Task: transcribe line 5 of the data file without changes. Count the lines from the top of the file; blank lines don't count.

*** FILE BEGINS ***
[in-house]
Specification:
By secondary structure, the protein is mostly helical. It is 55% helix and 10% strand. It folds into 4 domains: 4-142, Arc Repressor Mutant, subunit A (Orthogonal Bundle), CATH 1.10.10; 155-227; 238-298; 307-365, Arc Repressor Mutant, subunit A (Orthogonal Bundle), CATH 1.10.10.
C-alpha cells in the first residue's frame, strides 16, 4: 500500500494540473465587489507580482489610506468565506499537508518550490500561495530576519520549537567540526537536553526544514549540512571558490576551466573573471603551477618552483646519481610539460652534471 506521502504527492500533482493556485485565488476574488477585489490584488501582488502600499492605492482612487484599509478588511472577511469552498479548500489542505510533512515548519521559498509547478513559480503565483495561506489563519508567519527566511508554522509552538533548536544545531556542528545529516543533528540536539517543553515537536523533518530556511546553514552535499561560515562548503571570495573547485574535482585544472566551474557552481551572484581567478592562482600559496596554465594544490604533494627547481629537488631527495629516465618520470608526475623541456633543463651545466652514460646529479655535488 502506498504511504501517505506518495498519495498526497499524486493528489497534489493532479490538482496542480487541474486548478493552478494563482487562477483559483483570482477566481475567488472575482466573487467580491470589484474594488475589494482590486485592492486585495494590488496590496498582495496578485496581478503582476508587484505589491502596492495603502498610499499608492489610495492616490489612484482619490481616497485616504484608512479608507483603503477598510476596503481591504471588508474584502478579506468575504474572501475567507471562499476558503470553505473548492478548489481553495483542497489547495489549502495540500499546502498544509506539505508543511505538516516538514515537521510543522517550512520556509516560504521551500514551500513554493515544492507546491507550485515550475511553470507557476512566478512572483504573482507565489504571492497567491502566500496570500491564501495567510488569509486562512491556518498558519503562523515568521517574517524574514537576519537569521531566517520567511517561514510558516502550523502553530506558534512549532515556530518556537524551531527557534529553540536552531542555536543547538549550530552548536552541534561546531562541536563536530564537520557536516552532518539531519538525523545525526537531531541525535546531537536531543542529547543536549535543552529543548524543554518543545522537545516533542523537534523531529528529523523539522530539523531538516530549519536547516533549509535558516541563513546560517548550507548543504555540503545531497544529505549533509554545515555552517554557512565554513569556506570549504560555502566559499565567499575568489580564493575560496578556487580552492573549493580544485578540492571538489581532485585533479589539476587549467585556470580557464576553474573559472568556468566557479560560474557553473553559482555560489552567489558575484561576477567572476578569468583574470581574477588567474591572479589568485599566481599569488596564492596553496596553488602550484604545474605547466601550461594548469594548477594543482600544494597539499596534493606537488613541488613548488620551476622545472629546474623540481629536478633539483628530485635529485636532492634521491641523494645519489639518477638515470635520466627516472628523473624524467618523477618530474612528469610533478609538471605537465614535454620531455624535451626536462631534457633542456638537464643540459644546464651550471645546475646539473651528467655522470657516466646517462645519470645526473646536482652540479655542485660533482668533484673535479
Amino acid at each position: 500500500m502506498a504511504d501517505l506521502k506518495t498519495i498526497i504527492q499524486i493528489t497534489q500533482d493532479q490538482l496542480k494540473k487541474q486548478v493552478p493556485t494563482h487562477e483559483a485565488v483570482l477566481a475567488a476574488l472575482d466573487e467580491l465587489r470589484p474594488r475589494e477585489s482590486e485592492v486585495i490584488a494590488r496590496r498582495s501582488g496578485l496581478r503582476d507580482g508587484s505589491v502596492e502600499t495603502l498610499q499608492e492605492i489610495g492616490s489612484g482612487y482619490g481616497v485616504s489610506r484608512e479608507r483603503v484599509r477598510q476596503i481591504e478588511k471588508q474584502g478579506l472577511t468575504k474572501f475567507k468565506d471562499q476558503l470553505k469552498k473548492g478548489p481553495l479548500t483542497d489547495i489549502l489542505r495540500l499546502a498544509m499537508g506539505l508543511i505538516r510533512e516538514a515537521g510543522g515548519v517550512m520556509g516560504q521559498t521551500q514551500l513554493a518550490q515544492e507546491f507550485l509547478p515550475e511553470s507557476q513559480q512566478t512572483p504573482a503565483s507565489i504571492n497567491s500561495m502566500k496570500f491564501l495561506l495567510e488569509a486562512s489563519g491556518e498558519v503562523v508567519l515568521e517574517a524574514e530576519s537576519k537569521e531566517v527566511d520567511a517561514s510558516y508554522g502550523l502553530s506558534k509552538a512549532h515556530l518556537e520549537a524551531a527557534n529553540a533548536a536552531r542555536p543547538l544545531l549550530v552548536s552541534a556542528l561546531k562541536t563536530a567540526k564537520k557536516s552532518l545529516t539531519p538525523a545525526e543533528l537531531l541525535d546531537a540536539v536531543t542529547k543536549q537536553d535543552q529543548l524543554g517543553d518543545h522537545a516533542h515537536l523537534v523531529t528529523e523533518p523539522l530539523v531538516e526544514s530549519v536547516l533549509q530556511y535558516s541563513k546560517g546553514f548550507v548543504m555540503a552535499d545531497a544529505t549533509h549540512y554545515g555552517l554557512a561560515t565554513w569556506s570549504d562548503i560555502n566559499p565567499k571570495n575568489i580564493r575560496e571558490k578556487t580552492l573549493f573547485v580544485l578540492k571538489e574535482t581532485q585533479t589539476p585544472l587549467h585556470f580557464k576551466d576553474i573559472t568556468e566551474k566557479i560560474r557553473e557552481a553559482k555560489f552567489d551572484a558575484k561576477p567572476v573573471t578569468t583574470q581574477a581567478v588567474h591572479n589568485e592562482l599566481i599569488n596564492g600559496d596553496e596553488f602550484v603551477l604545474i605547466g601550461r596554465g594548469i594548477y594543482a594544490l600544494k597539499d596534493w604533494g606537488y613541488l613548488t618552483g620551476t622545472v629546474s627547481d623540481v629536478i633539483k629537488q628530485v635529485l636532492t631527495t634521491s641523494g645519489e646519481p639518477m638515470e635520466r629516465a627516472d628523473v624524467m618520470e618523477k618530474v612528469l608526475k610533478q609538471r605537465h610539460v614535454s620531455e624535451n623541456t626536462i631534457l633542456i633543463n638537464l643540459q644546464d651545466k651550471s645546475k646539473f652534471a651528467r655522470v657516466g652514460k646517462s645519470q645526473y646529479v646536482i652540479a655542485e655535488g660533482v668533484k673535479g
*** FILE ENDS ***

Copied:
Amino acid at each position: 500500500m502506498a504511504d501517505l506521502k506518495t498519495i498526497i504527492q499524486i493528489t497534489q500533482d493532479q490538482l496542480k494540473k487541474q486548478v493552478p493556485t494563482h487562477e483559483a485565488v483570482l477566481a475567488a476574488l472575482d466573487e467580491l465587489r470589484p474594488r475589494e477585489s482590486e485592492v486585495i490584488a494590488r496590496r498582495s501582488g496578485l496581478r503582476d507580482g508587484s505589491v502596492e502600499t495603502l498610499q499608492e492605492i489610495g492616490s489612484g482612487y482619490g481616497v485616504s489610506r484608512e479608507r483603503v484599509r477598510q476596503i481591504e478588511k471588508q474584502g478579506l472577511t468575504k474572501f475567507k468565506d471562499q476558503l470553505k469552498k473548492g478548489p481553495l479548500t483542497d489547495i489549502l489542505r495540500l499546502a498544509m499537508g506539505l508543511i505538516r510533512e516538514a515537521g510543522g515548519v517550512m520556509g516560504q521559498t521551500q514551500l513554493a518550490q515544492e507546491f507550485l509547478p515550475e511553470s507557476q513559480q512566478t512572483p504573482a503565483s507565489i504571492n497567491s500561495m502566500k496570500f491564501l495561506l495567510e488569509a486562512s489563519g491556518e498558519v503562523v508567519l515568521e517574517a524574514e530576519s537576519k537569521e531566517v527566511d520567511a517561514s510558516y508554522g502550523l502553530s506558534k509552538a512549532h515556530l518556537e520549537a524551531a527557534n529553540a533548536a536552531r542555536p543547538l544545531l549550530v552548536s552541534a556542528l561546531k562541536t563536530a567540526k564537520k557536516s552532518l545529516t539531519p538525523a545525526e543533528l537531531l541525535d546531537a540536539v536531543t542529547k543536549q537536553d535543552q529543548l524543554g517543553d518543545h522537545a516533542h515537536l523537534v523531529t528529523e523533518p523539522l530539523v531538516e526544514s530549519v536547516l533549509q530556511y535558516s541563513k546560517g546553514f548550507v548543504m555540503a552535499d545531497a544529505t549533509h549540512y554545515g555552517l554557512a561560515t565554513w569556506s570549504d562548503i560555502n566559499p565567499k571570495n575568489i580564493r575560496e571558490k578556487t580552492l573549493f573547485v580544485l578540492k571538489e574535482t581532485q585533479t589539476p585544472l587549467h585556470f580557464k576551466d576553474i573559472t568556468e566551474k566557479i560560474r557553473e557552481a553559482k555560489f552567489d551572484a558575484k561576477p567572476v573573471t578569468t583574470q581574477a581567478v588567474h591572479n589568485e592562482l599566481i599569488n596564492g600559496d596553496e596553488f602550484v603551477l604545474i605547466g601550461r596554465g594548469i594548477y594543482a594544490l600544494k597539499d596534493w604533494g606537488y613541488l613548488t618552483g620551476t622545472v629546474s627547481d623540481v629536478i633539483k629537488q628530485v635529485l636532492t631527495t634521491s641523494g645519489e646519481p639518477m638515470e635520466r629516465a627516472d628523473v624524467m618520470e618523477k618530474v612528469l608526475k610533478q609538471r605537465h610539460v614535454s620531455e624535451n623541456t626536462i631534457l633542456i633543463n638537464l643540459q644546464d651545466k651550471s645546475k646539473f652534471a651528467r655522470v657516466g652514460k646517462s645519470q645526473y646529479v646536482i652540479a655542485e655535488g660533482v668533484k673535479g